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Troublesome Uses of Adjectives as Adverbs

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We learn that adjectives modify nouns, subjects, and pronouns whereas adverbs modify verbs and adjectives; however, that does not always work like that in language. In some expressions, adjectives can sometimes be used instead of adverbs.

Such use of adjectives as adverbs are sometimes simply a matter of idiomatic use. Other times, adjectives have two forms.

Video Activity

Watch Troublesome adjectives and adverbs on YouTube for further informaiton and examples on this topic.

Adjectives and Adverbs with Identical Form

Some adverbs are called flat adverbs, bar adverbs, or simple adverbs. They are identical to their related adjectives. You say something is fast and also something moves fast. You make a left turn or you turn left.

  • My office is not far from here. (a long distance)
    If you work hard, you will go far in this company. (do well)
    This is far too expensive. (much)
  • You have a fast car.
    We have time. There's no need to drive so fast.
  • This is a very straight road.
    I drove straight home from work.
  • My clothes were all askew after the party. (crooked; awry)
    He looked at me askew for some reason. (disapprovingly)
  • This meat is very tough. (not tender)
    The mild-mannered manager knew how to talk tough when needed. (roughly)
  • He is a low talker. (soft)
    He talks very low. (softly)
  • Something is awry.
    My plans went awry.

Adjectives with Two Adverbial Forms

You can sell something cheap and you can sell something cheaply. You can also hold something dear or love someone dearly.

The adjectives in the above sentences have two adverbial forms: one is identical to the adjective, and the other takes the adverbial ending -ly.

Note that the adverbs for some of these adjectives have slightly (sometimes very) different meanings.

  • The interview went fine. (well)
    Cut the parsley finely. (in very small pieces or slices)
  • Do you want to go first? (first in order or place)
    Firstly, let me point out the problems. (in the first place, to start with)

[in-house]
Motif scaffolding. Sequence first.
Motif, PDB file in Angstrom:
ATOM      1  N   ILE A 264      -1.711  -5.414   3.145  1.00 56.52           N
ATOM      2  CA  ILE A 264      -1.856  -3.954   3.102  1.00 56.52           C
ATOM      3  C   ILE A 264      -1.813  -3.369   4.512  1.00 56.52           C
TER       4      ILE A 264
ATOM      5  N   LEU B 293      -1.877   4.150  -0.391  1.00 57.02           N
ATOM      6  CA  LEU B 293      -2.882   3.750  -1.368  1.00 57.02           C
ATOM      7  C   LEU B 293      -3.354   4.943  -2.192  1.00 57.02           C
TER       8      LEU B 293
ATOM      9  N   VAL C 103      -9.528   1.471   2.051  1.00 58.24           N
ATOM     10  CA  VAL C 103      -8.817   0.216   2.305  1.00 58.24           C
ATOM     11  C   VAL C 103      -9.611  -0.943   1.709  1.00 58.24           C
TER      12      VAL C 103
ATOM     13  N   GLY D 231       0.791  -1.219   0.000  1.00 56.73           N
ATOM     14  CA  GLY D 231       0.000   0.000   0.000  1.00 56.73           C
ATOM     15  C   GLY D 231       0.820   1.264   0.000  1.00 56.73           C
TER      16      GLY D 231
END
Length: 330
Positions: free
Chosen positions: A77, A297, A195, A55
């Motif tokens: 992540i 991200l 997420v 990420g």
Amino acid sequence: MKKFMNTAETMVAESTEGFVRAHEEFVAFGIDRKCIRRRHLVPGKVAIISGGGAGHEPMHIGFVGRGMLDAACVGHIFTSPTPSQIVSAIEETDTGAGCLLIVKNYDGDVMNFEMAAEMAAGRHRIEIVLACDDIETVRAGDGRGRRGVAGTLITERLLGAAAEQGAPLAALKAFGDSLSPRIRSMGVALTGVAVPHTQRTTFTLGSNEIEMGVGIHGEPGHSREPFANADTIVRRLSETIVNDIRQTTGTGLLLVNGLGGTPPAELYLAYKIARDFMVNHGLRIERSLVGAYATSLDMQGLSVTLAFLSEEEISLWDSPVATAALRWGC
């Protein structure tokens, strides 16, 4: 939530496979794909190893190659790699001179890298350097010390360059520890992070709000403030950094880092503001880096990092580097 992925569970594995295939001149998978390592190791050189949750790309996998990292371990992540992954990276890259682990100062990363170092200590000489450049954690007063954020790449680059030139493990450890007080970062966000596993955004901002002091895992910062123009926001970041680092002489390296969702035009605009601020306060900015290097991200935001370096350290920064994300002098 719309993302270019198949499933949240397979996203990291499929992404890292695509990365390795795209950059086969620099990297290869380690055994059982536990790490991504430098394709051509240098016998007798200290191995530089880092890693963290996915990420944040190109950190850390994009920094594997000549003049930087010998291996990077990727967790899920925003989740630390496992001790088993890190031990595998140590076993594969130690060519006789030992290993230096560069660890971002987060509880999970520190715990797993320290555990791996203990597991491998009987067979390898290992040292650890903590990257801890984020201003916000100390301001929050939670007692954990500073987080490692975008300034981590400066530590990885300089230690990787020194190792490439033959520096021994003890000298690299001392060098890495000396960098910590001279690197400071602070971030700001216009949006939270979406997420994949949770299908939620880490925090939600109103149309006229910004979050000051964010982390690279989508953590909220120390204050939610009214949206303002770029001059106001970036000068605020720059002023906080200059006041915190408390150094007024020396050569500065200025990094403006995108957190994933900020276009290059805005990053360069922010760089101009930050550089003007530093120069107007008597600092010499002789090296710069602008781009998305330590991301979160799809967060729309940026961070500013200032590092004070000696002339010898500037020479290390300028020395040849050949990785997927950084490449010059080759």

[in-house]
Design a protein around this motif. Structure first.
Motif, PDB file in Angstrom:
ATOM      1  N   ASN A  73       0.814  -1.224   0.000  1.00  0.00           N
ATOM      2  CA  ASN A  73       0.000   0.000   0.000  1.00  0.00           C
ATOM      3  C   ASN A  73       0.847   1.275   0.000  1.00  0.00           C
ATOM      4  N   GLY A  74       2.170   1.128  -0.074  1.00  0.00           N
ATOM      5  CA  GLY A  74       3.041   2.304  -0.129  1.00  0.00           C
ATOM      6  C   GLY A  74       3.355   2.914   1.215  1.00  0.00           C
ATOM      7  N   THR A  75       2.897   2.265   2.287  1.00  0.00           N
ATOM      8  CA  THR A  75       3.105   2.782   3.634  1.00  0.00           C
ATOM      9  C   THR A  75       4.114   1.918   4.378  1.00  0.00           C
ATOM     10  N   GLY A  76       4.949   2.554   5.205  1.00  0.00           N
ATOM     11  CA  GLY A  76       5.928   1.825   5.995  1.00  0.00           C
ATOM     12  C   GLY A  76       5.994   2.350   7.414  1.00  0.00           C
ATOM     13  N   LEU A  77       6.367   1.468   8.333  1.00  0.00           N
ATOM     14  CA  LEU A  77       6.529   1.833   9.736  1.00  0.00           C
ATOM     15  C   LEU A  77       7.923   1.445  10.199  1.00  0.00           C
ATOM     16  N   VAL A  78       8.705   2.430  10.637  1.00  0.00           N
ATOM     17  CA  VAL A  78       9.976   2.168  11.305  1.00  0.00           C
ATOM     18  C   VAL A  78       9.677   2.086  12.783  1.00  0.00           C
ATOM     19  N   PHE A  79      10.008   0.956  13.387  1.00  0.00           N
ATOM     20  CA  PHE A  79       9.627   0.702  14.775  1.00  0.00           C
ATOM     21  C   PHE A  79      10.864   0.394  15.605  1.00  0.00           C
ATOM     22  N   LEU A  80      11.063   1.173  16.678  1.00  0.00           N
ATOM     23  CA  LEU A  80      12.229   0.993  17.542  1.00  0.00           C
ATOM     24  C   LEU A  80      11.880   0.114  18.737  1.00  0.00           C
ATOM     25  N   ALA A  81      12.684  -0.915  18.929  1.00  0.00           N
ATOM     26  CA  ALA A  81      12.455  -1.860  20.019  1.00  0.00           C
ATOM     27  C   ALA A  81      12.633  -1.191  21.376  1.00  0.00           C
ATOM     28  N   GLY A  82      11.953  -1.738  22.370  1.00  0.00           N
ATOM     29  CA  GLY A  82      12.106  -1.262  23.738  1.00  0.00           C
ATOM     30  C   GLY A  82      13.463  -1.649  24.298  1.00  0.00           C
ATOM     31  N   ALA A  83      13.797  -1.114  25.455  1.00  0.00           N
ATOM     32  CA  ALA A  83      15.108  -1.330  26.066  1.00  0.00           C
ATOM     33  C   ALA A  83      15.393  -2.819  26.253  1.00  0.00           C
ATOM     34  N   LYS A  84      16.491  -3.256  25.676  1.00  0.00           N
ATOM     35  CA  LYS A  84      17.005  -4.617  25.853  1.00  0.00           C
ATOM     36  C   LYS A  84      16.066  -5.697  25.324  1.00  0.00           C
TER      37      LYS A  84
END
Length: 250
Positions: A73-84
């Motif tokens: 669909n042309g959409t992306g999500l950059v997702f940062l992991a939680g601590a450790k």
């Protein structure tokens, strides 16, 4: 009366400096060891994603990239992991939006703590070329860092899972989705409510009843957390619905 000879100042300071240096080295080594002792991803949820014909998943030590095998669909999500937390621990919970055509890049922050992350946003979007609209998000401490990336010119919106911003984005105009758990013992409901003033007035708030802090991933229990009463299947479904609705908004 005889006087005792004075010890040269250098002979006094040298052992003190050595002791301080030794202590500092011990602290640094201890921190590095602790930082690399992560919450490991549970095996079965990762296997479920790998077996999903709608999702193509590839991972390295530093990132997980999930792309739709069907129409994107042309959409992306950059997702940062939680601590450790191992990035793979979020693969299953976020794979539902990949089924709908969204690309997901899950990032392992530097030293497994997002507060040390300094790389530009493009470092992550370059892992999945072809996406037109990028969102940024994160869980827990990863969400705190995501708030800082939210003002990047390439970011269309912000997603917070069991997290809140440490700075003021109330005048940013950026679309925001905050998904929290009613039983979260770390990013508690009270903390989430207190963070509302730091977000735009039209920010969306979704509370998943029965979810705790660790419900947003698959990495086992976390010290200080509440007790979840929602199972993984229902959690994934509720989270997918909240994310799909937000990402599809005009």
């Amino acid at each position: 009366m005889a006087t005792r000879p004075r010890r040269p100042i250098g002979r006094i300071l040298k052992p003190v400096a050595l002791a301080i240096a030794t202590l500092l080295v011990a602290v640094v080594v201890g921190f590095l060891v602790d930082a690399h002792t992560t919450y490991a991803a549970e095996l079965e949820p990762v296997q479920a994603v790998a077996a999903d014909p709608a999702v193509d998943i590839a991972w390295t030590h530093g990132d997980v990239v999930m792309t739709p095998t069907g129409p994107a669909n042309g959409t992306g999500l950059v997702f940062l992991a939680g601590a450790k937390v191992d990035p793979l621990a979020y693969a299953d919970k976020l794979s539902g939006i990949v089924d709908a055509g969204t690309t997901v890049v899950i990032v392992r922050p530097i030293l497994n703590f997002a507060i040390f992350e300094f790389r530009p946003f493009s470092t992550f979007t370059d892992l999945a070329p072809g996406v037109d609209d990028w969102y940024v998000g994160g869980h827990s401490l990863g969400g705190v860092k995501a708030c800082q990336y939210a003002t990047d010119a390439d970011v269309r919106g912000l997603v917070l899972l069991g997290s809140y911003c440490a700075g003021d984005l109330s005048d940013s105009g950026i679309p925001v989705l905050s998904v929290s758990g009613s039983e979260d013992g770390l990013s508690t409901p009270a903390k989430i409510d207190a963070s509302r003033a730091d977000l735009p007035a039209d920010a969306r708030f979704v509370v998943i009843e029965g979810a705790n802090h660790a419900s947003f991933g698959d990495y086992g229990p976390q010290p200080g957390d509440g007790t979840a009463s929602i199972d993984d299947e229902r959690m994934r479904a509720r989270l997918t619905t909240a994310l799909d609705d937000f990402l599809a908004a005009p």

• We ship your purchases direct from the factory. (without stopping anywhere)
    I would like to talk to the manager directly. (without an intermediary)
  • These players do not play fair. (honestly)
    I was fairly late to the meeting. (somewhat)
  • Wild animals run free in the nature reserve.
    Please talk freely. (without restrictions)
  • He gave me a cold look. (unpleasant, unfriendly)
    She treated him coldly. (unaffectionately)
  • I have to work hard to finish all my projects this week. (with much effort)
    It is so foggy I can hardly see anything. (barely, almost not)
  • Our team came on strong during the game.
    I strongly denied any involvement.
  • Don’t go near the edge of the cliff.
    I nearly died in the accident. (almost)
  • Turn right at the light.
    He was rightly upset. (for good reason)
  • We walked high in the mountain to see the sun rise. (at a great height)
    It is highly improbable you will win the lottery. (very, extremely)
  • We arrived late (not on time)
    You have made many mistakes lately. (recently)
  • Children eat free in this restaurant. (without a charge)
    We all ate and drank freely at the party. (in large amounts)

Bare adverb Interchangeable with -ly Form

Some adverbs have both a bare form and a -ly form. They are often used in either form; however, the -ly form is considered more formal.

For example, you can say breathe deeply, though breathe deep sounds more conversational. Similarly, talk rough sounds less formal than talk roughly.

  • The stars don’t shine very bright (or brightly) in the city.
  • Breathe deep (or deeply).
  • Drive slower (or more slowly) so we don’t miss our exit.
  • You must think quick (or quickly) in dangerous situations.
  • Come quick (or quickly).
  • Some arents let their children run free (or freely) outside.
  • He dresses very sharp (or sharply).
    (People are more likely to say “he is a sharp dresser” instead.)
  • Please drive slow (or slowly).
  • What have I done wrong (or wrongly).
    (“Wrongly” sounds very stilted.)

Idiomatic Use of Adverbs

Another way to explain some uses of adjectives as adverbs is that they are idiomatic. For example, dig deep has a specific meaning that is unrelated to digging deep holes; it means either to find a lot of money for something or to strive to find information about something or someone. Because it is an idiomatic expression, it would sound quite strange as dig deeply.

  • We must dig deep to get to the core of this issue.
  • It’s time to come clean and tell us what you’ve done.
  • He lefts us high and dry.
  • I don’t want to get too personal, but please tell me what you did in Cancun.
  • His evil look made my blood run cold.
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